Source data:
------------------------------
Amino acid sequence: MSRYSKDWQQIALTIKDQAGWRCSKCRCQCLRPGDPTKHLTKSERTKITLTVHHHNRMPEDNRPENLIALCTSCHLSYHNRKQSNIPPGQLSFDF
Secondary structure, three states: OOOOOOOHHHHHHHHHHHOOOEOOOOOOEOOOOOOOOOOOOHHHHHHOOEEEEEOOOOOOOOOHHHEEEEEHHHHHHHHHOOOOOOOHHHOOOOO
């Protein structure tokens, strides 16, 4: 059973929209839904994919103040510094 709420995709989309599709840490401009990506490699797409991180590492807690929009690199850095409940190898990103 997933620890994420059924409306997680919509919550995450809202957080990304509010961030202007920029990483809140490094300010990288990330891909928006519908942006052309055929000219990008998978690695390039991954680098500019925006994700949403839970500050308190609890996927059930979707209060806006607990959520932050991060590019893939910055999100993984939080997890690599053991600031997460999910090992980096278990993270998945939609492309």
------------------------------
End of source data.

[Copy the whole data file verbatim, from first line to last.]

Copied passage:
Amino acid sequence: MSRYSKDWQQIALTIKDQAGWRCSKCRCQCLRPGDPTKHLTKSERTKITLTVHHHNRMPEDNRPENLIALCTSCHLSYHNRKQSNIPPGQLSFDF
Secondary structure, three states: OOOOOOOHHHHHHHHHHHOOOEOOOOOOEOOOOOOOOOOOOHHHHHHOOEEEEEOOOOOOOOOHHHEEEEEHHHHHHHHHOOOOOOOHHHOOOOO
């Protein structure tokens, strides 16, 4: 059973929209839904994919103040510094 709420995709989309599709840490401009990506490699797409991180590492807690929009690199850095409940190898990103 997933620890994420059924409306997680919509919550995450809202957080990304509010961030202007920029990483809140490094300010990288990330891909928006519908942006052309055929000219990008998978690695390039991954680098500019925006994700949403839970500050308190609890996927059930979707209060806006607990959520932050991060590019893939910055999100993984939080997890690599053991600031997460999910090992980096278990993270998945939609492309």